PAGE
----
Most patients with stage III non–small cell lung cancer (NSCLC) who have distant progression on standard therapy typically have one or two new lesions, often in the same organ, which suggests a role for local ablative therapy, according to investigators.
This conclusion was drawn from an exploratory analysis of the phase 3 PACIFIC trial, which previously showed that durvalumab prolonged survival among patients with NSCLC who did not progress after chemoradiotherapy, which turned the trial protocol into a new standard of care.
At the annual meeting of the American Society for Radiation Oncology, coauthor, of the Memorial Sloan Kettering Cancer Center in New York presented findings.
“There were always questions regarding detailed patterns of failure and disease progression in [the PACIFIC] trial,” Dr. Rimner said. “This study ... focuses on these patterns of failure, including the type of first progression in the patients on the PACIFIC trial.”
During the trial, 713 patients with NSCLC were randomized in a 2:1 ratio to receive either durvalumab or placebo. After a median follow-up of 25.2 months, the superiority of durvalumab was clear, with a lower rate of progression (45.4% vs. 64.6%).
But the present analysis dug deeper into this finding by dividing patients into three groups based on site or sites of first progression: local (intrathoracic) progression only, distant (extrathoracic) progression only, or simultaneously local and distant progression. Scans were reviewed by an independent radiologist who was not involved in the original PACIFIC trial. In addition to spatial data, the investigators reported times until progression.
Regardless of site, durvalumab was associated with a longer time until progression or death. Although comparative values were not reached for distant or simultaneous spread, median time until local progression or death was reportable, at 25.2 months in the durvalumab group versus with 9.2 months in the placebo group.
These values were available, in part, because local spread was the most common type of progression: It occurred in 80.6% of patients who progressed on durvalumab and 74.5% of progressors in the placebo group.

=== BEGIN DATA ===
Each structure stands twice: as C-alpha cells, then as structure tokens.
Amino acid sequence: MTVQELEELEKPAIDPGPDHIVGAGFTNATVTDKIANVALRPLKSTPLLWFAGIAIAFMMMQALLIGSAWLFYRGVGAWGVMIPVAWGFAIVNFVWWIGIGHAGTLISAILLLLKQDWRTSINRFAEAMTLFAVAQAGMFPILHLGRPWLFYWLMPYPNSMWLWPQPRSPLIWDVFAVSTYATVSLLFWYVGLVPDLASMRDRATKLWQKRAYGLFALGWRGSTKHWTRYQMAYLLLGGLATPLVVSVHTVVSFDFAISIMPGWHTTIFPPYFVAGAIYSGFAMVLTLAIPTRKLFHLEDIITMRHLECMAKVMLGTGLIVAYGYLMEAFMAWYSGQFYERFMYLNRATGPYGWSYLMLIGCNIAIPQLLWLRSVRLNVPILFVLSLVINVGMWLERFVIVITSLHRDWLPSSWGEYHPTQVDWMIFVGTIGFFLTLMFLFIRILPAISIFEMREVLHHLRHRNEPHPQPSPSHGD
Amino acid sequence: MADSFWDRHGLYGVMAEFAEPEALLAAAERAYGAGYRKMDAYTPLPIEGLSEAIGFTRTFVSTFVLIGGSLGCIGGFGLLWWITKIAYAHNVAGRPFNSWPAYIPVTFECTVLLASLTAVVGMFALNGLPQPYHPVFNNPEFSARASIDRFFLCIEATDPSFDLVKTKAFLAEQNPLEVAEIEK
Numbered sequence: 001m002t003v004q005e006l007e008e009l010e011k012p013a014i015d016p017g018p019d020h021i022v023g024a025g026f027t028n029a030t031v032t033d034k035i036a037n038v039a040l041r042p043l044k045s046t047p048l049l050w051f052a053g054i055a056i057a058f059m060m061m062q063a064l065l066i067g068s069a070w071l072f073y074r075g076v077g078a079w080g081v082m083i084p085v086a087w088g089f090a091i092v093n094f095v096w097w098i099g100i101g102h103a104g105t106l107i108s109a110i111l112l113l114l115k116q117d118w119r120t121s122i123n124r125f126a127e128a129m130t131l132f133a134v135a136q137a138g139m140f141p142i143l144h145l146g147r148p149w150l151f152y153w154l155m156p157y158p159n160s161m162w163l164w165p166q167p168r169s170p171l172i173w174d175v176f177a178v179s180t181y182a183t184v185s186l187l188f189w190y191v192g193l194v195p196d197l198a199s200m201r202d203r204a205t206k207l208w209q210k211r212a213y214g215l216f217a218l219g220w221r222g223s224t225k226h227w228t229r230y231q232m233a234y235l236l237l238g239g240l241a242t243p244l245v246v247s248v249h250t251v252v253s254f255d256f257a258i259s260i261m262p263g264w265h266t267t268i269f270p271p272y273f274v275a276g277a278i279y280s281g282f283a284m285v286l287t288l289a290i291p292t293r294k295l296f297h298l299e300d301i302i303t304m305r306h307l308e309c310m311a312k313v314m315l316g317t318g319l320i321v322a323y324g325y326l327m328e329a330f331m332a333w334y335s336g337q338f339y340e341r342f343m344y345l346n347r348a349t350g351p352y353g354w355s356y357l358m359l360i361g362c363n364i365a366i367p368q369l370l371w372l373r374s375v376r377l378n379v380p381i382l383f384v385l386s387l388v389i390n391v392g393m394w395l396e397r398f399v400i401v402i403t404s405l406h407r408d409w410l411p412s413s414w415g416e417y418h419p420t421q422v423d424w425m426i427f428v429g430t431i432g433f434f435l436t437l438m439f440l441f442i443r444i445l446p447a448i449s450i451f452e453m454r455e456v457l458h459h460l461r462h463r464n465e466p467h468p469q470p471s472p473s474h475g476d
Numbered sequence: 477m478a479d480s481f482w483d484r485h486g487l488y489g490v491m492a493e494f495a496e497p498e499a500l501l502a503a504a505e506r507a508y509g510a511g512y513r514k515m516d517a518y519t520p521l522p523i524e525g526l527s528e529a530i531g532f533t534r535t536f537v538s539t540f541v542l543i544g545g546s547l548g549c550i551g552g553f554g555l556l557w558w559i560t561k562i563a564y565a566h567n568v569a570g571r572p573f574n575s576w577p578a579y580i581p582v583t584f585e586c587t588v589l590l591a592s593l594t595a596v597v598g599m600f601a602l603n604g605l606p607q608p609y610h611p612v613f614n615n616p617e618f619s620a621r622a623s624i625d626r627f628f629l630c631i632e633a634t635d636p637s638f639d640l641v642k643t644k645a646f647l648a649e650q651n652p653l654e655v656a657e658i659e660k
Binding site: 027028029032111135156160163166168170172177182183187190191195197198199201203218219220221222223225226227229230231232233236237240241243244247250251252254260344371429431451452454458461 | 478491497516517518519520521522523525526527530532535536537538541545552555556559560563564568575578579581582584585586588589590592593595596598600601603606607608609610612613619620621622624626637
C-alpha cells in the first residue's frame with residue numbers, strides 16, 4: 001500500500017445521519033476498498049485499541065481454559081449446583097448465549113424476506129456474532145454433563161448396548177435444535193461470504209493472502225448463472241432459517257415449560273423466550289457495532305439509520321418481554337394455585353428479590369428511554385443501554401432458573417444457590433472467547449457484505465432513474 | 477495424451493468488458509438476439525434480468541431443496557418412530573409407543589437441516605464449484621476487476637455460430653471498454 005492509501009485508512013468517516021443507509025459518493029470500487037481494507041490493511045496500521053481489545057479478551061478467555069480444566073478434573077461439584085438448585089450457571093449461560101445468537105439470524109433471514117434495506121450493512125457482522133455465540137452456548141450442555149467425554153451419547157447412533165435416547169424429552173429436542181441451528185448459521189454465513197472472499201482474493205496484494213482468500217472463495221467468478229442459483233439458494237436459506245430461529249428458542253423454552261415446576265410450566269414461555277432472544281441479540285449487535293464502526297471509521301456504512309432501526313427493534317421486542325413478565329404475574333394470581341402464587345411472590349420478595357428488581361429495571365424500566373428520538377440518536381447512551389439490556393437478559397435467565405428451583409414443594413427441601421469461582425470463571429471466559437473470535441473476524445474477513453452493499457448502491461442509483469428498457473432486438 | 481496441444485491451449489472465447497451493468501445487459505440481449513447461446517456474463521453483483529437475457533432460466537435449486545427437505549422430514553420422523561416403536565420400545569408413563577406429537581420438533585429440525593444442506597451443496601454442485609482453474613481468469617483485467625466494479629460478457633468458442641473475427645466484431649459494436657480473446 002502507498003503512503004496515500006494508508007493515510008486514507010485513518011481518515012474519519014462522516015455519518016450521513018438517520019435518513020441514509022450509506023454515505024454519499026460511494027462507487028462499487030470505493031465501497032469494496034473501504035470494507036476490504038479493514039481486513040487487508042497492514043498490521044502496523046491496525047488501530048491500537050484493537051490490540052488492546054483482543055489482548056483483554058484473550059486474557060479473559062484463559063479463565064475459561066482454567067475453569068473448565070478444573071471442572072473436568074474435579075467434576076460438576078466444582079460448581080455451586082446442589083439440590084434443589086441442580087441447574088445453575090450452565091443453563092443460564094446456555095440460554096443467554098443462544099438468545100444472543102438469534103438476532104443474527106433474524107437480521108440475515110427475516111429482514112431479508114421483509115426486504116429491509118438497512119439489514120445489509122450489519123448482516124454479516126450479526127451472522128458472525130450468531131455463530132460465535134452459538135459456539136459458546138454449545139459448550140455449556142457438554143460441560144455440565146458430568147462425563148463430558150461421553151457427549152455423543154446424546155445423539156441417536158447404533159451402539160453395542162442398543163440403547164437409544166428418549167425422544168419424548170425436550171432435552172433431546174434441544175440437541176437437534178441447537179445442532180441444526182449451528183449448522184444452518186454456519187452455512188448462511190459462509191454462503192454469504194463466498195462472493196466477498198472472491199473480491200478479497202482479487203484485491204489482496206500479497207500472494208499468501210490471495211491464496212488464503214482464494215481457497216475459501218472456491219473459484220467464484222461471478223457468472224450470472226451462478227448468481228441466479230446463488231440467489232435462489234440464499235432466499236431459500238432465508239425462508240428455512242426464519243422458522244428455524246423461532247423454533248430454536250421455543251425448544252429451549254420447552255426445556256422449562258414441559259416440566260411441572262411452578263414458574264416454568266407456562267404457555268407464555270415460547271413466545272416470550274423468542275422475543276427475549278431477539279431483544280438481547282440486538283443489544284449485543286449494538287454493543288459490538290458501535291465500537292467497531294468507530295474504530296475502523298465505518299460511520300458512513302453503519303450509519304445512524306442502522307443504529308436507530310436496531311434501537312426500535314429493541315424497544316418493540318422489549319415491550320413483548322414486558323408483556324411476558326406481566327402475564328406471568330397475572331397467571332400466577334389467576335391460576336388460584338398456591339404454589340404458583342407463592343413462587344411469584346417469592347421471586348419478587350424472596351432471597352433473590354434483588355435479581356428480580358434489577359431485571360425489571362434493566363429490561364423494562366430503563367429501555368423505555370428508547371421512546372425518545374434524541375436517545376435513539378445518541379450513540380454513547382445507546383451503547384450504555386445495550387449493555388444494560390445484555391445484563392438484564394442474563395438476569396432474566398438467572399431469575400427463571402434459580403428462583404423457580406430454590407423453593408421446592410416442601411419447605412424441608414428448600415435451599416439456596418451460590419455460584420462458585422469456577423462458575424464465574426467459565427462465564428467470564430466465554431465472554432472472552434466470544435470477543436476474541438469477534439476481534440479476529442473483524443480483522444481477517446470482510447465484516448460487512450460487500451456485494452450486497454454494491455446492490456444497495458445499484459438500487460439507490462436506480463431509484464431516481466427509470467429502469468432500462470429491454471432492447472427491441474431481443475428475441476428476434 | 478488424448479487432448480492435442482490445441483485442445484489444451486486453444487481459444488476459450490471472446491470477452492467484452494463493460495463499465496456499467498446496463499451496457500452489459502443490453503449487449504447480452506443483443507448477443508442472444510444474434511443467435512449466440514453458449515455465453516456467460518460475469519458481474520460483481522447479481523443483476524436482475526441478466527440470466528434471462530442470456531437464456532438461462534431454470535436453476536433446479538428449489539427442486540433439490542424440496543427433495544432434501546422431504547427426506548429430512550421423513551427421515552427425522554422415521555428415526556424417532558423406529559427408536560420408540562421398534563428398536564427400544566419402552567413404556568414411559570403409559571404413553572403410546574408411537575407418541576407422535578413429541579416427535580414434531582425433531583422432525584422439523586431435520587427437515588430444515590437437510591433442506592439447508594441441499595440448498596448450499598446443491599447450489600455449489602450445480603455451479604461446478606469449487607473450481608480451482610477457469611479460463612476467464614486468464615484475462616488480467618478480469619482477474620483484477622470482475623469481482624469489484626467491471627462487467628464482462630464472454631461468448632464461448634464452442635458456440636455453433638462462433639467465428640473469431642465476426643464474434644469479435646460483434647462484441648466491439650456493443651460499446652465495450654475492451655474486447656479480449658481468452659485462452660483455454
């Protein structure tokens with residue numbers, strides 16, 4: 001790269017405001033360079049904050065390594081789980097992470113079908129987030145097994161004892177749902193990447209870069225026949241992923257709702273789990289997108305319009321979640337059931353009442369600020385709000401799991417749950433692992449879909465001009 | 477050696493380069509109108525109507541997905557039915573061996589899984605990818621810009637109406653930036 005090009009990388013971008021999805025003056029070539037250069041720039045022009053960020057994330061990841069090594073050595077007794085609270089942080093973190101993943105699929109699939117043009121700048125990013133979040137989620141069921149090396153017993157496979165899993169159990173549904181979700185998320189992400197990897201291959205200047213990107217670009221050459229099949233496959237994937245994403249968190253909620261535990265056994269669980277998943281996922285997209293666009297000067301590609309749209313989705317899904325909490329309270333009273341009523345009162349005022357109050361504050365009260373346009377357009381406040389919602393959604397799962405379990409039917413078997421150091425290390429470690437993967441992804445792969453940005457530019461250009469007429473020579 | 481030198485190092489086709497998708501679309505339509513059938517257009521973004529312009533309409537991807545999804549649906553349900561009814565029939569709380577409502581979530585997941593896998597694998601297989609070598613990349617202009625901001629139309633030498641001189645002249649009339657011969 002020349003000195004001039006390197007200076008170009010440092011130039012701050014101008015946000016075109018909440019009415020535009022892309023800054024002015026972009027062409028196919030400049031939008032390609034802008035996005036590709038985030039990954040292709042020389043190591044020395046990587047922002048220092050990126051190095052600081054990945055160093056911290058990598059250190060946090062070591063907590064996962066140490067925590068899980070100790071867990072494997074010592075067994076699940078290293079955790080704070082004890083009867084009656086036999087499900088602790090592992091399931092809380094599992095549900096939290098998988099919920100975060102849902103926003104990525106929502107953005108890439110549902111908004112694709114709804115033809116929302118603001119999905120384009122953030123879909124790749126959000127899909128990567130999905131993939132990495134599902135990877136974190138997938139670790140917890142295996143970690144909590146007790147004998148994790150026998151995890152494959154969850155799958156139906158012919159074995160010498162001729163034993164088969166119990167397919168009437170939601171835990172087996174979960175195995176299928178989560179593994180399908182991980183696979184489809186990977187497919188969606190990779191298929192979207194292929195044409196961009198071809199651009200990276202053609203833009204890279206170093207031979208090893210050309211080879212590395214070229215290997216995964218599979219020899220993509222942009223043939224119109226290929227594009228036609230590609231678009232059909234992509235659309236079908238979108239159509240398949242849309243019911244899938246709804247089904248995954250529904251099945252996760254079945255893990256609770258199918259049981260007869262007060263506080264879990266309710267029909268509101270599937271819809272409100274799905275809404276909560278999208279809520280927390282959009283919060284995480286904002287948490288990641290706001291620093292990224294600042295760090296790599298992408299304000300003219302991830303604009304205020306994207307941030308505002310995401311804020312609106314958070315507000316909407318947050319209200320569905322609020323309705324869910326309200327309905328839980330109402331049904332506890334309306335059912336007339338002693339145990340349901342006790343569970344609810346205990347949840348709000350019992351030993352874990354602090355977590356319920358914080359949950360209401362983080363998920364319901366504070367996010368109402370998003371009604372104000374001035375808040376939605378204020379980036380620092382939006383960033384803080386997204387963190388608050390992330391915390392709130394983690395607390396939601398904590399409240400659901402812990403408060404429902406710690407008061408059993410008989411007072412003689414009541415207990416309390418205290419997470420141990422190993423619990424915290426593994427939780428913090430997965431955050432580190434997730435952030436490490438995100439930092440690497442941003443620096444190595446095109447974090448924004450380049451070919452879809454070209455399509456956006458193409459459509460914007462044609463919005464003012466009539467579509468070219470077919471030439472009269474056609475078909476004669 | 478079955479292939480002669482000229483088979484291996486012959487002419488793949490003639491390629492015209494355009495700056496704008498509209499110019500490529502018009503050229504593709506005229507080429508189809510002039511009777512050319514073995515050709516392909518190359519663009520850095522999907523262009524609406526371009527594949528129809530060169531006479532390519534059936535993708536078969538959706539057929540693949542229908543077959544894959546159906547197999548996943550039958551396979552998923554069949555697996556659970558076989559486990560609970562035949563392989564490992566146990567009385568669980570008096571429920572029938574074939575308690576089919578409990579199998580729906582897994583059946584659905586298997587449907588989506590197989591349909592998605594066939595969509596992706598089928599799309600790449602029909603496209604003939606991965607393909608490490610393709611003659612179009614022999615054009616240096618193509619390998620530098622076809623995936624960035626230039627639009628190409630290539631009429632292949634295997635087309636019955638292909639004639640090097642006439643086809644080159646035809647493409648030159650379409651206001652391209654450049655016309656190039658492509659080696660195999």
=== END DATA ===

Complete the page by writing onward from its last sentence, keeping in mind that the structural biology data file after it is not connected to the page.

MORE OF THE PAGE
Durvalumab reduced the rate of progression across the three spatial categories, compared with placebo, including local only (36.6% vs. 48.1%, respectively), distant only (6.9% vs. 13.1%), and simultaneously local and distant (1.9% vs. 3.4%). This means that, at first progression, new distant lesions were found in 8.8% of patients treated with durvalumab, compared with 16.5% of those treated with placebo. Of note, approximately two-thirds of patients with distant progression had only one or two distant lesions, often confined to one organ, most commonly the brain. This pattern of progression was observed in both treatment arms.
According to Dr. Rimner, this finding is clinically relevant because it suggests a potential role for local ablative therapy.
Expert perspective on the analysis was provided by, chair of radiation oncology at the Henry Ford Cancer Institute in Detroit.
“The PACIFIC trial has really transformed the standard of care for patients with locally advanced, inoperable non–small cell lung cancer by adding immunotherapy to the prior standard of care combining chemotherapy and radiation, and this has shown a dramatic improvement in survival,” Dr. Movsas said.
“By adding the immunotherapy durvalumab, you can reduce risk of local failure, you can reduce the risk of distant failure, and interestingly enough, when patients do fail distantly, and this is true in both arms, they tended to fail in only one or two spots, which is encouraging because that suggests maybe a window of opportunity to treat those one or two spots, and we have newer technologies that allow us to consider that. So we really have a new paradigm.”
The study was funded by AstraZeneca. The investigators disclosed additional relationships with Merck, Nanobiotix, Boehringer Ingelheim, and others.
SOURCE: Rimner A et al. ASTRO 2019,